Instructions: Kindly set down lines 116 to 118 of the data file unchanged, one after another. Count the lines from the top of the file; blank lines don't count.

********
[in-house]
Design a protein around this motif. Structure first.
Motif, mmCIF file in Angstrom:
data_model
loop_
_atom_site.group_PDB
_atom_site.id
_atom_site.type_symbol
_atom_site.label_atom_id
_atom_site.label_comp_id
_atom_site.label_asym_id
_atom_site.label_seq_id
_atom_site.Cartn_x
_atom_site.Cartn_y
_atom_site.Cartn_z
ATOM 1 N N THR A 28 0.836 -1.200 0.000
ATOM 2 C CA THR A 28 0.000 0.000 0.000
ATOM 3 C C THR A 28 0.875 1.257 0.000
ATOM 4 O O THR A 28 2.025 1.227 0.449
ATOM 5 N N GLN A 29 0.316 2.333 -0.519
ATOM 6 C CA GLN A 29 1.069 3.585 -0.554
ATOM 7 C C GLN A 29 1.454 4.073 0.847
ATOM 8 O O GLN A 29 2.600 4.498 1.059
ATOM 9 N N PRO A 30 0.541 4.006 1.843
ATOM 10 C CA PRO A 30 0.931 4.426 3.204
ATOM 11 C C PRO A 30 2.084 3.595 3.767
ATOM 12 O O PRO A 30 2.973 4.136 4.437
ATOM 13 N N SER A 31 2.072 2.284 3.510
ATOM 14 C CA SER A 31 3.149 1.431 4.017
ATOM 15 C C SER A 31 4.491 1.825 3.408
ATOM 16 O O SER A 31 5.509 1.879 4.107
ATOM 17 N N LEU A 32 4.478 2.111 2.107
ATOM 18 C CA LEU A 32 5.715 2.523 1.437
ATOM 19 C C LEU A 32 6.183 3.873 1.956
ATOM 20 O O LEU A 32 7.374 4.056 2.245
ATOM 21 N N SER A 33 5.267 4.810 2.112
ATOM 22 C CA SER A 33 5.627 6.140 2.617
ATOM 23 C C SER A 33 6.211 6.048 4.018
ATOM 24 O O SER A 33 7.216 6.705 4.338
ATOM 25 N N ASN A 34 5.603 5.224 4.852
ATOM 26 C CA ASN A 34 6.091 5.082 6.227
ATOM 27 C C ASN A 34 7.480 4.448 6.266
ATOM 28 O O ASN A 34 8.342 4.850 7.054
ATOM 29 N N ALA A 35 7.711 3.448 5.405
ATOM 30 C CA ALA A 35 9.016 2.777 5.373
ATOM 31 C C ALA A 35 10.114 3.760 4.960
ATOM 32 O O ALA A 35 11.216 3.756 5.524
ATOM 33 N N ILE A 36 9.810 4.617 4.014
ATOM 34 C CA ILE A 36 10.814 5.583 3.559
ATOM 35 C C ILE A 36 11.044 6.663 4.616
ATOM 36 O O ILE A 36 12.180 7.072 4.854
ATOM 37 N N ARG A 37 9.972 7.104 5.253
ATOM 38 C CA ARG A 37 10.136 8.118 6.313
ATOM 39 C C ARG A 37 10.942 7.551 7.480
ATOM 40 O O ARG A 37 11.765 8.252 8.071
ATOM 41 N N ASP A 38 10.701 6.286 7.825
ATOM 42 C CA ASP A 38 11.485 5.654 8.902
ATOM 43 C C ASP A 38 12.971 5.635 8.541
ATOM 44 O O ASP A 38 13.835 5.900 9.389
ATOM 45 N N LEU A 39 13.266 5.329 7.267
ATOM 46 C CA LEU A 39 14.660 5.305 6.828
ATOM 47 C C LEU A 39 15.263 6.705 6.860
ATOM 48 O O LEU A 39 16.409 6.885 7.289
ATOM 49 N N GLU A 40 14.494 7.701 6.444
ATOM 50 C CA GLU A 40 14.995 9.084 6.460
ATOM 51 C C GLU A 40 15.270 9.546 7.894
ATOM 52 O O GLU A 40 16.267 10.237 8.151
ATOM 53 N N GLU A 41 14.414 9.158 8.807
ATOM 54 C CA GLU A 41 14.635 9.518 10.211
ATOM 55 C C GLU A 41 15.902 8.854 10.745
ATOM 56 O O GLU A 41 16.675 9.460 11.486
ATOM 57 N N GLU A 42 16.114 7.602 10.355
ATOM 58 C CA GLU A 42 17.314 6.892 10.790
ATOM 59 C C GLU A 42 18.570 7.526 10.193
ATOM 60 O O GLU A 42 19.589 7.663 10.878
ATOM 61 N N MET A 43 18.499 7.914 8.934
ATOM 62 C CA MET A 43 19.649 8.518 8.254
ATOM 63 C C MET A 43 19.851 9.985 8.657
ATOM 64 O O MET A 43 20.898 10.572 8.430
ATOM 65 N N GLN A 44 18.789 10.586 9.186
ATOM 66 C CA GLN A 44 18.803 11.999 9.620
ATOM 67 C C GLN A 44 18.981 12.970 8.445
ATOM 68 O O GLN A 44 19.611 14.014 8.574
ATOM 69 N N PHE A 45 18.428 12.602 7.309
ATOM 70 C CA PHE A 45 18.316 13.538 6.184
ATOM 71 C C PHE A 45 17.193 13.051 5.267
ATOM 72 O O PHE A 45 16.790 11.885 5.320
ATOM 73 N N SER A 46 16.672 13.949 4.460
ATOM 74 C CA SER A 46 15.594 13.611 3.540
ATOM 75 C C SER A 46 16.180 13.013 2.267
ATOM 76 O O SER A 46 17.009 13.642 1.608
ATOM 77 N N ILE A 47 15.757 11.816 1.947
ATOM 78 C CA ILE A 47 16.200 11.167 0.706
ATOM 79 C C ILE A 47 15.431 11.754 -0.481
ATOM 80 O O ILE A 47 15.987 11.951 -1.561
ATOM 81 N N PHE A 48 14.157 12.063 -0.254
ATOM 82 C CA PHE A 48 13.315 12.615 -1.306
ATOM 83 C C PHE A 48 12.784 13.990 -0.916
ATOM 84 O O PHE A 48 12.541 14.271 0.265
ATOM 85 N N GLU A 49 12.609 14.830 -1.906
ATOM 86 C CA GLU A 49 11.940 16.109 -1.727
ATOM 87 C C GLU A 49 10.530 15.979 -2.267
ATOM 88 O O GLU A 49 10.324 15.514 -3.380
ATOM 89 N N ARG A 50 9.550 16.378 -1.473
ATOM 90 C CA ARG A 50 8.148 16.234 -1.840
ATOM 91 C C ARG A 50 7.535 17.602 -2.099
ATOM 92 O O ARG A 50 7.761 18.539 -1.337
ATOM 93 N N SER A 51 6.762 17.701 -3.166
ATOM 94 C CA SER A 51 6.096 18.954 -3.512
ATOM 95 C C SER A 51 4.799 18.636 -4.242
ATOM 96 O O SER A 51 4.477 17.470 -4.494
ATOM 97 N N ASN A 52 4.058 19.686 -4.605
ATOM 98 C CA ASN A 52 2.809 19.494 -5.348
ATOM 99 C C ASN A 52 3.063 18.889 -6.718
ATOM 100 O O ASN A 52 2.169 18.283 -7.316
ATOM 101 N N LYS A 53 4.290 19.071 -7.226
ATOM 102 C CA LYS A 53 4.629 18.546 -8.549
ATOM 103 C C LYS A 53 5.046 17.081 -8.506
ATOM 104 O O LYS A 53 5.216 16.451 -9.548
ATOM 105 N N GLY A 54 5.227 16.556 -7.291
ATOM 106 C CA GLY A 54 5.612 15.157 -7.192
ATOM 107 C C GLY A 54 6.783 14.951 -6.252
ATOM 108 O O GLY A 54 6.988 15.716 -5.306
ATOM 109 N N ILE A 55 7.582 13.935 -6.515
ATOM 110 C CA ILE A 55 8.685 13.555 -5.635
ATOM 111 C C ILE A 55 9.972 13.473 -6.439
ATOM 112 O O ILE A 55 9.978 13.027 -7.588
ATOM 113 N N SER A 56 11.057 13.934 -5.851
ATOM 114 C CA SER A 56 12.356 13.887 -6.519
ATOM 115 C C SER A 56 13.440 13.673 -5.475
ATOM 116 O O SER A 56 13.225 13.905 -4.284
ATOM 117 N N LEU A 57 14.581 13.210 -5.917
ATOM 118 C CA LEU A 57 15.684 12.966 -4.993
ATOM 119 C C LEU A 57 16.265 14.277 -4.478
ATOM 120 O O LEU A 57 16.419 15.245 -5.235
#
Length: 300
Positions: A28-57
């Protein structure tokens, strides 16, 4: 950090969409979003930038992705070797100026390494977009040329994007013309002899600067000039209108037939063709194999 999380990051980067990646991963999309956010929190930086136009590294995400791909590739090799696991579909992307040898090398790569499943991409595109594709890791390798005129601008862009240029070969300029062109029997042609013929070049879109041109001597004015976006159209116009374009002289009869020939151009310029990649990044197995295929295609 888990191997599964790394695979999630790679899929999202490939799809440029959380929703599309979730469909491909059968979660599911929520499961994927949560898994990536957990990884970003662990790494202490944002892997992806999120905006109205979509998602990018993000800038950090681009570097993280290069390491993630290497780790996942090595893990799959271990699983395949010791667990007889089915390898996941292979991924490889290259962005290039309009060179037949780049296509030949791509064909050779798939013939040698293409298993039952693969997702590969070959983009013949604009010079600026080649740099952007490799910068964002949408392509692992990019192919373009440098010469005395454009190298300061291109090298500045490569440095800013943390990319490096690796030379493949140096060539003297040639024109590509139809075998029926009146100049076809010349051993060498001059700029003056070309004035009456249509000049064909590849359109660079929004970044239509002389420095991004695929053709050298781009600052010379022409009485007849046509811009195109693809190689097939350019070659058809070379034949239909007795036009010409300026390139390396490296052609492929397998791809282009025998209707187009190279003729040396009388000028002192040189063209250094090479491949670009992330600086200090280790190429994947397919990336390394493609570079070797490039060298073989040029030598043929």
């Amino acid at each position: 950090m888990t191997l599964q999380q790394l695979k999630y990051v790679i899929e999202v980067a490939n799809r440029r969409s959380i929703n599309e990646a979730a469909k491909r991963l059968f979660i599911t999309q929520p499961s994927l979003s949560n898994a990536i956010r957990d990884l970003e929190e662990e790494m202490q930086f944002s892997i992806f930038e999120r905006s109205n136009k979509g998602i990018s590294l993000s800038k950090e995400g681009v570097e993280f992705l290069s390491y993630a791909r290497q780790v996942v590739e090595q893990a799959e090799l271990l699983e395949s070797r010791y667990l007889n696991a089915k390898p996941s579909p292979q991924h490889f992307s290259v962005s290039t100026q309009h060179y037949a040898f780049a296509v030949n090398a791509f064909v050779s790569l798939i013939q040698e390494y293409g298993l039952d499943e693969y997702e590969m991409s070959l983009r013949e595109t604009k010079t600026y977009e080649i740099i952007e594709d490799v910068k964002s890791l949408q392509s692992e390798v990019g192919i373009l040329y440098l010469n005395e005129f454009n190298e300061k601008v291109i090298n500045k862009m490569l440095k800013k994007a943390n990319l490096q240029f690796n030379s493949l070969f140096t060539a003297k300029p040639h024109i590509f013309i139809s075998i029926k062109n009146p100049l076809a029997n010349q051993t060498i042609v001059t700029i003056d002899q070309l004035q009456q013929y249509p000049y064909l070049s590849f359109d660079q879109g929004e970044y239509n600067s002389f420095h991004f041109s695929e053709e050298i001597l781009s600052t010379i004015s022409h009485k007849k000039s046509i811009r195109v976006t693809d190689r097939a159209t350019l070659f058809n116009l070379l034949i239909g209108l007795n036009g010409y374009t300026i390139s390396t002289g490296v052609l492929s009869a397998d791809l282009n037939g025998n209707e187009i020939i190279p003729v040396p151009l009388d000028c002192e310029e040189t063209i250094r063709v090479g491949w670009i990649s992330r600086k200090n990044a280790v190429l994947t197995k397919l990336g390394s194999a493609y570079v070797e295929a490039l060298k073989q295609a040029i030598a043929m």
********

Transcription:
ATOM 101 N N LYS A 53 4.290 19.071 -7.226
ATOM 102 C CA LYS A 53 4.629 18.546 -8.549
ATOM 103 C C LYS A 53 5.046 17.081 -8.506